Auckland International Airport Departure Facilities Hero

New departure facilities at Auckland International Airport: enhancing the passenger experience

Auckland Airport is the largest and busiest airport in New Zealand, with almost 15 million passengers, 8 million of who were international, in the year ended November 2013. The airport is the fourth busiest in Australasia after Sydney, Melbourne and Brisbane, but the second busiest for international passengers. It has been rated in the top 3 worldwide for airports handling 5–15 million passengers annually and was also voted the 12th best airport in the world in 2013 at the Skytrax World Airport Awards, as well as being the best airport in the Australia/Pacific region.

Before 2006, Auckland Airport arriving and departing passengers were allowed to mingle airside. After the September 11 attacks, the airport operated with a CAA exemption that allowed this to continue, although flights to the US and all Qantas-operated flights (and for a short time Cathay Pacific flights) were restricted to leaving from gates where a secondary X-ray and metal detector inspection had been set up. This exemption expired in 2006.  

Auckland Airport decided that rather than building a new sub-top level to stream arriving passengers (as at Beijing, Vancouver, or Heathrow), they would build a new departures floor for passengers to "drop down" into the existing gate lounges on the first floor, which would be closed off from a central arrivals corridor by glass.

Auckland International Airport Ltd’s (AIAL’s) aims:

  • To increase peak volume passenger processing, by improving process flows, and adhere to stricter security protocols.
  • To increase the airside retail space.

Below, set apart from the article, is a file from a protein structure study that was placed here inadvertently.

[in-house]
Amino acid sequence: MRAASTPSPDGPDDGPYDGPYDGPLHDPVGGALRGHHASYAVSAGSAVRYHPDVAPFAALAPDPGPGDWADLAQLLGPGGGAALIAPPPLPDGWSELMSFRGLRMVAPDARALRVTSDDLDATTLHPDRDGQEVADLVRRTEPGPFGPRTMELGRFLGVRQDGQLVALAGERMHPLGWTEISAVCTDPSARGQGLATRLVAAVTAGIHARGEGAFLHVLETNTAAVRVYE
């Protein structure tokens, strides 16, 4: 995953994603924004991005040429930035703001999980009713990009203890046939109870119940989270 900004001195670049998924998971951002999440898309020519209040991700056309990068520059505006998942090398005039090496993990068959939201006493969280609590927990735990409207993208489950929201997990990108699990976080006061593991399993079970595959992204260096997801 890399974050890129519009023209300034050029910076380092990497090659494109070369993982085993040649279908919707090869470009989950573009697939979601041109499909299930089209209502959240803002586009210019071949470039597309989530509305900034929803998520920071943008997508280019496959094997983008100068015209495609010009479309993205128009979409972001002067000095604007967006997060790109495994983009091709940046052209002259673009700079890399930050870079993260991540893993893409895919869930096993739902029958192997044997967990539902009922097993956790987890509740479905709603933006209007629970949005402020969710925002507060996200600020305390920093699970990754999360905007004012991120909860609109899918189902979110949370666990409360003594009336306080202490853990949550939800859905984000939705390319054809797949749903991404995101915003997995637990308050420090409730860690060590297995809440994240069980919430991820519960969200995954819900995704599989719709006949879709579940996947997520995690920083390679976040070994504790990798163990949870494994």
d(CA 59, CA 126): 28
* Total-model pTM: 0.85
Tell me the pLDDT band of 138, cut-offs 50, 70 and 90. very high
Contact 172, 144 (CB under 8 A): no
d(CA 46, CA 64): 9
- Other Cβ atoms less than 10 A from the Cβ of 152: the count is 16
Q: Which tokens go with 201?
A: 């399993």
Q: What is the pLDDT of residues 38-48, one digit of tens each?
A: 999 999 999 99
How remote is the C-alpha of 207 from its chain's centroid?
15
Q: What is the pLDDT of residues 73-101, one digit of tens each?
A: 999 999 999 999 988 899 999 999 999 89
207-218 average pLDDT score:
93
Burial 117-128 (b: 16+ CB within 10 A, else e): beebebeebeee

What we did:

This project was part of a wider series of improvements we completed across the first floor of the International Terminal. It included the airside retail space and expanded New Zealand Customs departure facilities. The reconfiguration of the departure facilities was designed to handle 2,500 passengers per hour at peak times.

It involved reducing the landside retail area to allow expansion of retail floor-space airside as airside retailing returns are significantly higher than landside. The reconfigured airside retail environment has an increased duty-free area and is designed to allow for future reconfigurations and expansion, if required.

The facility itself is centred on an open floor plate with the stunning “Pou Manawa” – a 9 metre tall, fabric and timber tree sculpture at the heart.

We cut new 50 metre skylights into the existing roof of the building, even while passengers walked safely below, to allow sunlight to shine into the terminal.

Early collaboration with the designers, via fast track procurement, was necessary as the construction progressed only slightly behind the completion of design.

Unique challenges:

The traditional challenges of operating in a high security 24/7 operational environment were met by our experienced airport team, who have delivered a number of terminal extension projects at Auckland Airport over nearly 25 years.

  • Excellent planning and strong working relationships with Auckland Airport, their key tenants and the wide range of design consultants allowed us to maintain the passenger capacity and experience while reducing the area available to them during construction.
  • Construction works often crossed the boundary between airside and landside. Every movement across this boundary required passage through a checkpoint. Both the airport company and authorised Hawkins staff handled these security checks.

The outcome:

This project helps AIAL to achieve its leadership position in the delivery of passenger terminal services to travellers, using technologies such as self-service kiosks to streamline and increasingly automate processes for check-in, baggage handling, security and border control. This enhances the passenger experience giving people more time to relax, browse, shop and be entertained.